Bargains, Covenants, and Promises
ERMINTRUDE HAD HEARD THAT when you drown, your whole life passes in front of your eyes.
In fact it’s when you don’t drown that this happens, as life races back from the start to get to the last known living moment. Mostly it’s a blur, but every life has its important moments that get more and more colorful the longer they are remembered.
In hers, one of them was about the map. Every life should have a map.
The map. Oh yes, the map. She’d found it in the big atlas in the library one wet winter afternoon. In a week she could have drawn it from memory.
And the name of it was the Great Southern Pelagic Ocean.
It was half a world of blue sea, but it was stitched together with seams of little marks, tiny dots that her father had called island chains. There were hundreds and thousands of islands and a lot of them were just about big enough for a coconut tree, he’d said. There had to be one coconut tree on every tiny island, by law, so that if someone was shipwrecked, then at least he’d have some shade to sit in.[!The lonesome palm (Cocos nucifera solitaria) is common over most of the Pelagic, and is unusual in that an adult tree secretes a poison in its root that is deadly only to other palms. Because of this it is not unusual to find only one such palm on the smaller islands and a thousand cartoons are, therefore, botanically correct.!] He drew a picture of her sitting in the shade of a coconut tree, with her white dress and her parasol, but he quickly added, on the penciled horizon, a ship coming to rescue her.
Much later on, she was able to read the names of the groups of islands: The Bank Holiday Monday Islands, All Souls Island, The Rogation Sunday Islands, The Mothering Sunday Islands, The Hogmanay Islands… it seemed that the Great Southern Pelagic Ocean had been navigated not with a compass and a sextant but with a calendar.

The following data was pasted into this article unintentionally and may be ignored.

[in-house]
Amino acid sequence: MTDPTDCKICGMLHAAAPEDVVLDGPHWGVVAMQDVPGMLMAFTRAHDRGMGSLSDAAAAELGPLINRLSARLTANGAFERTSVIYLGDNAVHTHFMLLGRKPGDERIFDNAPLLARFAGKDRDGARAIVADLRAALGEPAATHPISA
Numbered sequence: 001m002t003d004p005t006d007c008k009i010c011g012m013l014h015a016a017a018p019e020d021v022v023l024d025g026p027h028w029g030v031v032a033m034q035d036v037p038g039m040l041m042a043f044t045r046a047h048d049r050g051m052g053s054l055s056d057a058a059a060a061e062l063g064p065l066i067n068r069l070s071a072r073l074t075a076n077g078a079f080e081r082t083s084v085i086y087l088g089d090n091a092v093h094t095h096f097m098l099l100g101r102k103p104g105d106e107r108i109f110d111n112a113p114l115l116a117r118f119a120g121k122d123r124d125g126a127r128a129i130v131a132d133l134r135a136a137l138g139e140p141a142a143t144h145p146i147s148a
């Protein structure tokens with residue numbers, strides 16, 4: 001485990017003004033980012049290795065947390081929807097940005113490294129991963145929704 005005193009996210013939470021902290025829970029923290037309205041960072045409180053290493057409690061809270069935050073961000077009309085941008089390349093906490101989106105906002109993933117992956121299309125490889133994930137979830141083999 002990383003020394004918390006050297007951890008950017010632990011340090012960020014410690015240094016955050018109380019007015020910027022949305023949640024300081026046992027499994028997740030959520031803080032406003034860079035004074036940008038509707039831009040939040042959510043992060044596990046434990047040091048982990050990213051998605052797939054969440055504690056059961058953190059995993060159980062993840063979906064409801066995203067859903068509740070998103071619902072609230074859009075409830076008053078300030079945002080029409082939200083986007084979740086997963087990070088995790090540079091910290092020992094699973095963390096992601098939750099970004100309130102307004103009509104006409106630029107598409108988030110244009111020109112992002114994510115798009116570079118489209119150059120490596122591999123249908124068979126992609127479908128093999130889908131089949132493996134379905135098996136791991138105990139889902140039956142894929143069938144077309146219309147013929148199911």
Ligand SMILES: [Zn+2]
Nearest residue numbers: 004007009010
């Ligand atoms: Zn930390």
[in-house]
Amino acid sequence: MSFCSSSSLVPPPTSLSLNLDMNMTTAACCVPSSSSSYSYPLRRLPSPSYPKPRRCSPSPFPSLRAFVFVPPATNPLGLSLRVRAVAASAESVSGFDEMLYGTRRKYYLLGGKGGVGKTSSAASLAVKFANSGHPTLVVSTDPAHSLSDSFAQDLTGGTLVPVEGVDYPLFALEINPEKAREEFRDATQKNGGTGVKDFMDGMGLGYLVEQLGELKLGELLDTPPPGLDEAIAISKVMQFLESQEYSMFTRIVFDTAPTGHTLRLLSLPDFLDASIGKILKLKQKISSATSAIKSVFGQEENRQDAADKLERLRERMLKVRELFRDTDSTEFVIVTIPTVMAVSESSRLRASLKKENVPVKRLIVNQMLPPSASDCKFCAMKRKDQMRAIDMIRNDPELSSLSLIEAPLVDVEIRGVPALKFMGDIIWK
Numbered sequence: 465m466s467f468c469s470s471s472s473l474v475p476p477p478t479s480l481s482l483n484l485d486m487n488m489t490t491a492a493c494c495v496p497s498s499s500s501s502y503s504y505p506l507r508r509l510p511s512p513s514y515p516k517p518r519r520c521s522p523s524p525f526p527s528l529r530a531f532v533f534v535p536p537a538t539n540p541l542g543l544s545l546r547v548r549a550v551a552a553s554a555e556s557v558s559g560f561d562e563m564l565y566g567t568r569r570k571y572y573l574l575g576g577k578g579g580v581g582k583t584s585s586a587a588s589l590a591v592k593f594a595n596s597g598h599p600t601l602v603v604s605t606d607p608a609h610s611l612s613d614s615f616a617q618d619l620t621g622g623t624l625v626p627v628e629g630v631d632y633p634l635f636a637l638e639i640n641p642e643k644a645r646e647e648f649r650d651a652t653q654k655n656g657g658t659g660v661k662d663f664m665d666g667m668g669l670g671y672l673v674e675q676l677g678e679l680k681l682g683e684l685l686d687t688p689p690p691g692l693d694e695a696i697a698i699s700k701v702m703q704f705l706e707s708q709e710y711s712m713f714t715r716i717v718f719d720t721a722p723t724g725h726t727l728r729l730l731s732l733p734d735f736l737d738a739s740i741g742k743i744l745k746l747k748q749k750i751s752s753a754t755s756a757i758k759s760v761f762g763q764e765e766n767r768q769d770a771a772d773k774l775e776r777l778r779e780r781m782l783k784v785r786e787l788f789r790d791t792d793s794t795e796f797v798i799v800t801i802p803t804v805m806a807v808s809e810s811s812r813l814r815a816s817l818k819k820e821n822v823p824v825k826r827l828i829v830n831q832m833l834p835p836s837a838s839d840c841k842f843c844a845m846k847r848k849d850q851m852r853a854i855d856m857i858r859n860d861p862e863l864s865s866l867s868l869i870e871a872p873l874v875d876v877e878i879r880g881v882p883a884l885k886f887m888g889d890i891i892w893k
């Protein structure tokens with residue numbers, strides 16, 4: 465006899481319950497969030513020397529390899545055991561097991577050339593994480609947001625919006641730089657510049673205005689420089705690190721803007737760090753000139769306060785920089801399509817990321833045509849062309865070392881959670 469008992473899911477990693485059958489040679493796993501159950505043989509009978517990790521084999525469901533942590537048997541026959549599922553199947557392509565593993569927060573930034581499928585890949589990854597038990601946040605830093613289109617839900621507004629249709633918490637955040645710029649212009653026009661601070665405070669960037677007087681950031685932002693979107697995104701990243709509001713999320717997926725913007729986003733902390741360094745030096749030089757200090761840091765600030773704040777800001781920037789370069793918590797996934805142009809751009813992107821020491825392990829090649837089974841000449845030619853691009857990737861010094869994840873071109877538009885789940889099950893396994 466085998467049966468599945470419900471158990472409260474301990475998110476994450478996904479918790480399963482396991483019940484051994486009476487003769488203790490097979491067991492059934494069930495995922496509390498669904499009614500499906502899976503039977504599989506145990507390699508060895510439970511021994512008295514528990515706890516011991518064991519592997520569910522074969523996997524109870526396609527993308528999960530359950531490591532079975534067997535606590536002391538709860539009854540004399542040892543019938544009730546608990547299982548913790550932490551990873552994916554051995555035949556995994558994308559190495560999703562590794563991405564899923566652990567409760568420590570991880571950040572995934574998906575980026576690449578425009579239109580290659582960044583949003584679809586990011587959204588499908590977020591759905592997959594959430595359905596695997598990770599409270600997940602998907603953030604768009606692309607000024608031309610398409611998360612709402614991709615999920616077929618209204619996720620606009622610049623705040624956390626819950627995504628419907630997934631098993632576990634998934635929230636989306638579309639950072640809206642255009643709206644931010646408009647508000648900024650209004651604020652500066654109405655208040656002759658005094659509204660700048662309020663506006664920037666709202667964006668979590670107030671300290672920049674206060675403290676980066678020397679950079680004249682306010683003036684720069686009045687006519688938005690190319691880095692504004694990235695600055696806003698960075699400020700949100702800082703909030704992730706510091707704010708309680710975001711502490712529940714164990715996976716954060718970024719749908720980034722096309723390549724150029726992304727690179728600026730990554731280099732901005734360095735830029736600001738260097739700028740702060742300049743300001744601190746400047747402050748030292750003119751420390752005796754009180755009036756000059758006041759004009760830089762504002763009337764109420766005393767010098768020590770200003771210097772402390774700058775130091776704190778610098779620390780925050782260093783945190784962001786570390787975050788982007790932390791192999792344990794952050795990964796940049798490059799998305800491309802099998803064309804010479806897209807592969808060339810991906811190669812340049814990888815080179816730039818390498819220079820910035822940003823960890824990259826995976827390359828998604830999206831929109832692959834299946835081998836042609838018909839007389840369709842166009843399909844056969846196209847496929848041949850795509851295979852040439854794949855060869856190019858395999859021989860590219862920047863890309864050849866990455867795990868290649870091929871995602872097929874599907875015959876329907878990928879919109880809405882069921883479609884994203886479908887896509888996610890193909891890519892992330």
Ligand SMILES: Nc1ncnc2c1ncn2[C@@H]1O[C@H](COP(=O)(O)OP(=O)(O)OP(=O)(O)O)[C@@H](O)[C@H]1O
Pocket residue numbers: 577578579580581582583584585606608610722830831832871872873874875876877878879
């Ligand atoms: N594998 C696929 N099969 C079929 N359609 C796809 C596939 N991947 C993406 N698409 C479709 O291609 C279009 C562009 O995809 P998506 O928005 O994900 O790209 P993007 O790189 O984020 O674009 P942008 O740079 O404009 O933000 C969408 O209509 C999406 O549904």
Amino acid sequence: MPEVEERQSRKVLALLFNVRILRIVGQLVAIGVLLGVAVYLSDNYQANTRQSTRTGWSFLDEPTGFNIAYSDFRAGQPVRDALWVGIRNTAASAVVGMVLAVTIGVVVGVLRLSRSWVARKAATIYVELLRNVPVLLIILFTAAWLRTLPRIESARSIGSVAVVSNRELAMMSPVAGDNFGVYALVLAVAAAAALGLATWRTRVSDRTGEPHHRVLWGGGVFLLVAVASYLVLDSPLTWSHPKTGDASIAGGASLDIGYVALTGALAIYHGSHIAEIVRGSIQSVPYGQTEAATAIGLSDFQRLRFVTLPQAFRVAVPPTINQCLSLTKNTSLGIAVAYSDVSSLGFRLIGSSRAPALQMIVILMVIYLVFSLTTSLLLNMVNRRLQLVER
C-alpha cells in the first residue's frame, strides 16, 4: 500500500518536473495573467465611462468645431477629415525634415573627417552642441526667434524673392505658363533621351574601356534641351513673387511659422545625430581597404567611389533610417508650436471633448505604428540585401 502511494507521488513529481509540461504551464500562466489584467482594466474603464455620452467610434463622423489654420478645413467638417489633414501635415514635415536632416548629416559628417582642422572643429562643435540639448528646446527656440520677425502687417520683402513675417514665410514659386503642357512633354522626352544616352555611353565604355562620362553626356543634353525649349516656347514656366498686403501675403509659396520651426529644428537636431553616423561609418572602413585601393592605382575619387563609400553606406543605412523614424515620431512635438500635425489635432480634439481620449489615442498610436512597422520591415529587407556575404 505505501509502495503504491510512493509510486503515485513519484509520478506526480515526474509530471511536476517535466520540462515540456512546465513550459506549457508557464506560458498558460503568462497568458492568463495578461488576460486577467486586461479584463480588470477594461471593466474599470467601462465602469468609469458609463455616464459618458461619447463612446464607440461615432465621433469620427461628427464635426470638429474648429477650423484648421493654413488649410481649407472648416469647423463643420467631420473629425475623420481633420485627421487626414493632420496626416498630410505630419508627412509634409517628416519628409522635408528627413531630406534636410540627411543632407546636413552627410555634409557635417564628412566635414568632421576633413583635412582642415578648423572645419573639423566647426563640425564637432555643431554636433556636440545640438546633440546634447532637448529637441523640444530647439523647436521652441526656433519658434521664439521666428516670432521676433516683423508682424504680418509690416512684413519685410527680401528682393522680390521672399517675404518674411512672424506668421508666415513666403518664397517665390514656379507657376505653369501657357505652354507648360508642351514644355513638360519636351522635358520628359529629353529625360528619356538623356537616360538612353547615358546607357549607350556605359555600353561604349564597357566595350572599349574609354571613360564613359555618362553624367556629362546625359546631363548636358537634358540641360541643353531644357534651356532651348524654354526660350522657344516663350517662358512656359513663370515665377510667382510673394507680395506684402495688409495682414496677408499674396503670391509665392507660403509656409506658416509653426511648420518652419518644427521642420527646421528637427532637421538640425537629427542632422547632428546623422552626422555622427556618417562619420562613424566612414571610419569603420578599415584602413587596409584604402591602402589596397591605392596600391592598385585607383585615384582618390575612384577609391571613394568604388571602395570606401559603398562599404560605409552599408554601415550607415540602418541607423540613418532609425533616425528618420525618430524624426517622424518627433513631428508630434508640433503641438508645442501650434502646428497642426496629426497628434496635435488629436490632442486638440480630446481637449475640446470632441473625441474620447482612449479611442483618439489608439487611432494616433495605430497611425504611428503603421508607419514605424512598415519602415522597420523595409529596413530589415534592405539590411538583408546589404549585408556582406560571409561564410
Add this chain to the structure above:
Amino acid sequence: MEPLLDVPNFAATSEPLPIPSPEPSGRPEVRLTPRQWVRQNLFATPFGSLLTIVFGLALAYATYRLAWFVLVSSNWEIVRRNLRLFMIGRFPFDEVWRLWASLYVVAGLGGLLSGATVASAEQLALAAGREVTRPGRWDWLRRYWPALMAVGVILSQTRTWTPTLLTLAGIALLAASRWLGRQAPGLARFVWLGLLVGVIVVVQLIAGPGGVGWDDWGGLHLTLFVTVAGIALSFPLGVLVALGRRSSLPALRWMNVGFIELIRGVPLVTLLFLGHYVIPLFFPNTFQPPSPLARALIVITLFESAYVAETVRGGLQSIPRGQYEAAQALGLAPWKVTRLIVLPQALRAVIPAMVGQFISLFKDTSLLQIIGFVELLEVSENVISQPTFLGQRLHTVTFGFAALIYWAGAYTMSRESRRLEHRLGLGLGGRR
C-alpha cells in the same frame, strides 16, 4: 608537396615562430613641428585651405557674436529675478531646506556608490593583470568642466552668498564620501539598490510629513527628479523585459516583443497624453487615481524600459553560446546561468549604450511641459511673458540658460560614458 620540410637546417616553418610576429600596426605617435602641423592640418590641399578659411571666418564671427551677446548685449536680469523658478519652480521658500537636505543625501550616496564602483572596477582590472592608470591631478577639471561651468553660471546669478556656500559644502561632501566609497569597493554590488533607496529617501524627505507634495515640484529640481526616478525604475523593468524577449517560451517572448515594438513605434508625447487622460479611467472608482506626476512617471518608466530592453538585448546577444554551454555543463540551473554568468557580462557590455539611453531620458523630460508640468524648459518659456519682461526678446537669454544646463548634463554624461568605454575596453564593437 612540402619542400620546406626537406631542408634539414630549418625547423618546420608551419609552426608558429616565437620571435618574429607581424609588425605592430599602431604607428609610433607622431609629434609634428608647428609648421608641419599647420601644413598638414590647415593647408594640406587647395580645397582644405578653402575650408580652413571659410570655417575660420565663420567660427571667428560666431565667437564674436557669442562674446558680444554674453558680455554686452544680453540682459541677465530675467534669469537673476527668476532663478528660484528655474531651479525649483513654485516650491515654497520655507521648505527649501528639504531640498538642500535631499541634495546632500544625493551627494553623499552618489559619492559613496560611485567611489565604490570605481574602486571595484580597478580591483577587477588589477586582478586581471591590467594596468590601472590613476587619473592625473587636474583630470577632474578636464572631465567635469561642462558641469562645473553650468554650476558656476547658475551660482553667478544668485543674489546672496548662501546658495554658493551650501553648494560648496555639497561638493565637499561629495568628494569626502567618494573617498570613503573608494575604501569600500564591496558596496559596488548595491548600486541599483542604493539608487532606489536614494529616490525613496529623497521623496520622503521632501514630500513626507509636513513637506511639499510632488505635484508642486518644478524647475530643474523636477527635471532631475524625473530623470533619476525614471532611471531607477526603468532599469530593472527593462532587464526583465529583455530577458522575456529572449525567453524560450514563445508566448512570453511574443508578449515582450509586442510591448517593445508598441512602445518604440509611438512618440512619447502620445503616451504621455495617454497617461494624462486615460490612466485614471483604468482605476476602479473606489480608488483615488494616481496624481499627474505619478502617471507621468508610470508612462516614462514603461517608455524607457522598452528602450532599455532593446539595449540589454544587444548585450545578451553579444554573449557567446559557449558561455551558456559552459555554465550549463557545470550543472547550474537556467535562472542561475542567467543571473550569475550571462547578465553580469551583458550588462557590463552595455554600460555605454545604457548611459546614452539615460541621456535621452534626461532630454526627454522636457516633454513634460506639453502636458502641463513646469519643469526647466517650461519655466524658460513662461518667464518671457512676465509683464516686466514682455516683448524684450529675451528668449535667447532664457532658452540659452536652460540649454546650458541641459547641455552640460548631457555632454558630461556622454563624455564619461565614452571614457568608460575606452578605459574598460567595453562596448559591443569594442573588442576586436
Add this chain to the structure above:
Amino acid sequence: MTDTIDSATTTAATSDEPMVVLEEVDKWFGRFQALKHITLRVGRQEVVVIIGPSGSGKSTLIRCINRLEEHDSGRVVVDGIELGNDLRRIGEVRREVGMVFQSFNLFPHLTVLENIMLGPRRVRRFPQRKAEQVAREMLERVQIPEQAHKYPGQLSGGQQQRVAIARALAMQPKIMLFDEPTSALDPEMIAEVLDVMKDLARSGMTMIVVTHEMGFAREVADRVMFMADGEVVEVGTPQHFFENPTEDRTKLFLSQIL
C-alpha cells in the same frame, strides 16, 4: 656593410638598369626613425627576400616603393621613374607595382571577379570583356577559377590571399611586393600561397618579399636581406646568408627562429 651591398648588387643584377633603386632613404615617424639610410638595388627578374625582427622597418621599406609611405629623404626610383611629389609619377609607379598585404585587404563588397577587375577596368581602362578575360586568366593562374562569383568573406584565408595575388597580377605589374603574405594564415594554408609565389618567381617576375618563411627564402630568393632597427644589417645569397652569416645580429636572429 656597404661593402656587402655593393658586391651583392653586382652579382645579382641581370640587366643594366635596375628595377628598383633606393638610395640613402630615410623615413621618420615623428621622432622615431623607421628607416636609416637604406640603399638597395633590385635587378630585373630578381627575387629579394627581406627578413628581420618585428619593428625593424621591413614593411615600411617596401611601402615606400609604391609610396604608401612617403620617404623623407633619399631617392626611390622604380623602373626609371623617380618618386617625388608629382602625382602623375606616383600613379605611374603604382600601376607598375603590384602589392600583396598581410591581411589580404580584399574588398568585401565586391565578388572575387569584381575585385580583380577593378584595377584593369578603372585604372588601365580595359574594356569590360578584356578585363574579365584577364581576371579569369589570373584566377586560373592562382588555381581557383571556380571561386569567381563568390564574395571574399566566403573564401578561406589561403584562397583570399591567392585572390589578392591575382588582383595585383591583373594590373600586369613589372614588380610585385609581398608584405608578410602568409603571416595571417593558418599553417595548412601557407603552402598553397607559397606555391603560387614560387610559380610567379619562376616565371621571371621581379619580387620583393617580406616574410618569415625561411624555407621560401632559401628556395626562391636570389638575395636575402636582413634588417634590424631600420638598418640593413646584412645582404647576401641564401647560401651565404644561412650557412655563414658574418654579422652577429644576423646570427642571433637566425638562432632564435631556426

father had said that if you knew where to look, you could find Mrs. Ethel J. Bundy’s Birthday Island, and loaned her a large magnifying glass. She spent long Sunday afternoons lying on her stomach, minutely examining every necklace of dots, and concluded that Mrs. Ethel J. Bundy’s Birthday Island was a Father Joke, i. e., not very funny but sort of lovable in its silliness. But now, thanks to him, she knew the island chains of the Great Southern Pelagic Ocean by heart.
She had wanted, there and then, to live on an island that was lost at sea, and so small that you weren’t sure if it was an island or just that a fly had done its business on the page.
But that wasn’t all. There was a map of the stars at the back of the atlas. For her next birthday she’d asked for a telescope. Her mother had been alive then, and had suggested a pony, but her father had laughed and bought her a beautiful telescope, saying: “Of course she should watch the stars! Any girl who cannot identify the constellation of Orion just isn’t paying attention!” And when she started asking him complicated questions, he took her along to lectures at the Royal Society, where it turned out that a nine-year-old girl who had blond hair and knew what the precession of the equinoxes was could ask hugely bearded famous scientists anything she liked. Who’d want a pony when you could have the whole universe? It was far more interesting and you didn’t have to muck it out once a week.
“Well, that was a good day,” said her father when they were coming back from one meeting.
“Yes, Papa. I think Dr.